Audio Equalizer – A Perspective on Digital Signal Processing

Digital Signal Processing plays a key role in today’s world, where television, sound systems, cameras etc are turning towards digital methods. Many signal processing such applications involve amplifying or attenuating only a small portion of a signal’s frequency spectrum, while leaving the remainder of the spectrum unaffected and one of such applications is a digital audio equalizer.


This effect is commonly obtained by using a digital filter that has poles or zeroes at specified center frequencies. Digital filter having a pole at a specified center frequency is called ‘resonant filter’ which enhances a specified frequency in the spectrum, while the filter having zero at a specified frequency is called ‘notch filter’ which attenuates a specified frequency in the spectrum of the input signal and leaves the rest of the spectrum unaffected.


In digital audio equalization, any desired frequency response can be obtained by cascading such filters with different center frequencies, where each cascaded system contains a pair of zeroes and conjugate poles.


By cascading a resonant and a notch filter an order system can be generated. If ‘r’ and ‘R’ are distances of zero and pole from the origin in unit circle and they are located at center frequency ω0, transfer function of the system is given by,





In the transfer function H(z), zeroes are located at


  and poles are located at  Here complex conjugates of zeroes and poles are considered to get real filter coefficients.


Figure: 1


There are three possibilities to choose the values of ‘r’ and ‘R’ which are mentioned below.


  1. If r < R, pole dominates and second order system H(z) works as a resonant filter at center frequency ω0.
  2. If r > R, zero dominates and second order system H(z) works as a notch filter at center frequency ω0.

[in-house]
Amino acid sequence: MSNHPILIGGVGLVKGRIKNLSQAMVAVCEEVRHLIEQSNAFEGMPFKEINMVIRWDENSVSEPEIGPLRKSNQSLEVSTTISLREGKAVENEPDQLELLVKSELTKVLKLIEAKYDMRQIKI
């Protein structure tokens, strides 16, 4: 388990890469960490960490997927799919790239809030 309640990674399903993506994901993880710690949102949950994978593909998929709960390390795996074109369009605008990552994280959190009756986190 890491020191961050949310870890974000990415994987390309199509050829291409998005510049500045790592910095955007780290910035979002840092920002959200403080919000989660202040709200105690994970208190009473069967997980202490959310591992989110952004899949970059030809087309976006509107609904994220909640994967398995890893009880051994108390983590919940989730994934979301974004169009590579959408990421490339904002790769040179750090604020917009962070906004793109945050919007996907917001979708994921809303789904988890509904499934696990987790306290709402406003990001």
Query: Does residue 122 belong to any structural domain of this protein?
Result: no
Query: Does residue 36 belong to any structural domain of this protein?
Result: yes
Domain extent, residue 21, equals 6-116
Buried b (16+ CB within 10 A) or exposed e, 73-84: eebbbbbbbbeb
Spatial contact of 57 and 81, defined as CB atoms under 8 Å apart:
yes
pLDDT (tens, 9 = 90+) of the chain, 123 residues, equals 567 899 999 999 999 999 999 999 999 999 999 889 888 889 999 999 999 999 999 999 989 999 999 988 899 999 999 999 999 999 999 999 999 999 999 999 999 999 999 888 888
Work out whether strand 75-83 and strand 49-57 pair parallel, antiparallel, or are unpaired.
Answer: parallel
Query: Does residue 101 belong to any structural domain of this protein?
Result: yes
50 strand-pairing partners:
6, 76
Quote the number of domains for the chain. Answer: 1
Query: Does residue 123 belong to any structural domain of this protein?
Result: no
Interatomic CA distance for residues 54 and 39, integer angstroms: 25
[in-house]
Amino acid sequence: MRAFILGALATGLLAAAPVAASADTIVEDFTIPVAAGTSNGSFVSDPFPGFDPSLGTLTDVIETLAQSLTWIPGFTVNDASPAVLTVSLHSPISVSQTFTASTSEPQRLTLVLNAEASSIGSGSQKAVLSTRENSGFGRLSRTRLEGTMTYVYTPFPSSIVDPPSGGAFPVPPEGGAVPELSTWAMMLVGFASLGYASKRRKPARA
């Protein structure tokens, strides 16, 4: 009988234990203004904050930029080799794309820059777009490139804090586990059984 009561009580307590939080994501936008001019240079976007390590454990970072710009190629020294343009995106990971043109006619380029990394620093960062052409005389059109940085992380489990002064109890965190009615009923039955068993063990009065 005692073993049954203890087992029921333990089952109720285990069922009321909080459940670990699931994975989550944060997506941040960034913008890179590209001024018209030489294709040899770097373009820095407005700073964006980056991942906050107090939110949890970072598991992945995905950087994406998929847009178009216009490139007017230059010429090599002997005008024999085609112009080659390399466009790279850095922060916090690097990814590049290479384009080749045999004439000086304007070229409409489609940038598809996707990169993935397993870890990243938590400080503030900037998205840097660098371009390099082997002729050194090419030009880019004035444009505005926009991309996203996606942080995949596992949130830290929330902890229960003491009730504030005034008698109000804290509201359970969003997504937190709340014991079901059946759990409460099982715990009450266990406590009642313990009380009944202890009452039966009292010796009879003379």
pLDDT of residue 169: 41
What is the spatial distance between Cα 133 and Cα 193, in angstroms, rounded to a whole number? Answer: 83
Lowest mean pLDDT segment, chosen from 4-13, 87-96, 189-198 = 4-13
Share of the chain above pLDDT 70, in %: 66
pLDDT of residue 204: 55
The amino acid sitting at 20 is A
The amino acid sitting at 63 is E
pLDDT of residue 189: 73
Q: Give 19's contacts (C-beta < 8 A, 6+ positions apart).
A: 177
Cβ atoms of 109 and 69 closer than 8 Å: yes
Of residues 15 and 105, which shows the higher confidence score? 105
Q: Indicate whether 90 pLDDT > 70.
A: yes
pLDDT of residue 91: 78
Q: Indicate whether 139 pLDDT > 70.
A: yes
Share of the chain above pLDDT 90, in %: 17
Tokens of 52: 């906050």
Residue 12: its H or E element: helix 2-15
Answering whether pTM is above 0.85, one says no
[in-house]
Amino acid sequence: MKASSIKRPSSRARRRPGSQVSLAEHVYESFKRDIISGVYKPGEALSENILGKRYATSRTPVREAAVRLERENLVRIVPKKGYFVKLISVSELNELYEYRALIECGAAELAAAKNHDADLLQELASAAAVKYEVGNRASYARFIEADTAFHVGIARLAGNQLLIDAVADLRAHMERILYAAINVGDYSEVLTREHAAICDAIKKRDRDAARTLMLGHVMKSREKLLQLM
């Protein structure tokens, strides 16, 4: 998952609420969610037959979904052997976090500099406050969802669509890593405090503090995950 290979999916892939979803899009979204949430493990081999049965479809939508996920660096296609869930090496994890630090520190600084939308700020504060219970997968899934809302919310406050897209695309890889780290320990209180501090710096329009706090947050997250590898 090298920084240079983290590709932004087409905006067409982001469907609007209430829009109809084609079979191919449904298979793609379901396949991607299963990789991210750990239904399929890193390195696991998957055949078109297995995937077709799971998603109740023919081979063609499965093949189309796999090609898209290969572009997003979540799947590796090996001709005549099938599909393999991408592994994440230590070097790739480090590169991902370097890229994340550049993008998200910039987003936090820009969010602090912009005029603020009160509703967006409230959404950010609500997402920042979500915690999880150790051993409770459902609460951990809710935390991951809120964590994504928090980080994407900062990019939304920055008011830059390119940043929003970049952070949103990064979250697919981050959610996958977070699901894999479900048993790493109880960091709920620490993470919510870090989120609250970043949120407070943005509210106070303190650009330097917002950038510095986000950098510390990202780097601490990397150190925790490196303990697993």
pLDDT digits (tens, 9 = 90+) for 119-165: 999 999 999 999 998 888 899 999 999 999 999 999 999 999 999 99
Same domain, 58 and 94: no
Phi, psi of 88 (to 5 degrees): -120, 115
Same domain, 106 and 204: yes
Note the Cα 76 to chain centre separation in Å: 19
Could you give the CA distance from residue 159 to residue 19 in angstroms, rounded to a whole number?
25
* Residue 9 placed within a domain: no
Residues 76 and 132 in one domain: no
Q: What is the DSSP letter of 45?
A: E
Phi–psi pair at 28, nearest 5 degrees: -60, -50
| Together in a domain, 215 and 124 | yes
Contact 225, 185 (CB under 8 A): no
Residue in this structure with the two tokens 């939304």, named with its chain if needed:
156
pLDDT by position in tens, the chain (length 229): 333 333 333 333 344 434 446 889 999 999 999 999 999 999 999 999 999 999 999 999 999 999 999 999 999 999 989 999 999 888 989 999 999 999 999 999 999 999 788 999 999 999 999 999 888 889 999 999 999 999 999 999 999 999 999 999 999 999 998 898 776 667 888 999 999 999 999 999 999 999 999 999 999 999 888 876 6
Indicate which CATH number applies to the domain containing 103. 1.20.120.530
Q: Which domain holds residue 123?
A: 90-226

3. In this case, r > R or r <  R that means pole and zero are very close to each other at center frequency ω0. If r > R, we get a notch at a center frequency ω0 while if r <  R then we get a sharp peak at center frequency ω0 and frequencies away from the ω0 remains unchanged as shown in figure 1.


The third case is very important for the applications because frequencies other than ω0 remains flat and we can easily get notch or resonator by small amount of change in the values of ‘r’ or ‘R’. This second order system is used in audio equalizer to enhance or attenuate particular frequency easily.


In the application of audio equalizer, more than one frequencies need to be controlled. An example of equalizer is shown in figure 2, where frequencies starting from 32 Hz to 16 KHz are mentioned at specific intervals and magnitude of each frequency can be modified up to 12 dB.


 Figure: 2


To implement transfer function of audio equalizer such second order filters are cascaded. Zeros & poles of every second order filter are located at different center frequencies which are 32 Hz, 64 Hz, 125 Hz, 16 KHz as shown in figure 2 and sampling frequency of 64 KHz is used as per Nyquist sampling theorem.


We are using 10 different frequencies in equalizer, so 10 second order filters are cascaded to implement transfer function of an equivalent system. As each cascaded filter is second order, equalizer system becomes of order 20.


If N is the no. of 2nd order filter cascaded, transfer function of equalizer is given by,



Where Hi(z) system is given by,






Figure: 3


Audio equalizer is implemented using MATLAB and simulation result of equalizer’s frequency spectrum is shown in figure 3. it shows that all mentioned frequencies are enhanced or attenuated as per the details shown in figure 2.


In the equalizer, each frequency has different values of ‘r’ and ‘R’ depending on its attenuation or amplification.  So we can easily enhance or attenuate any of given frequencies by just changing its value of ‘r’ or ‘R’.

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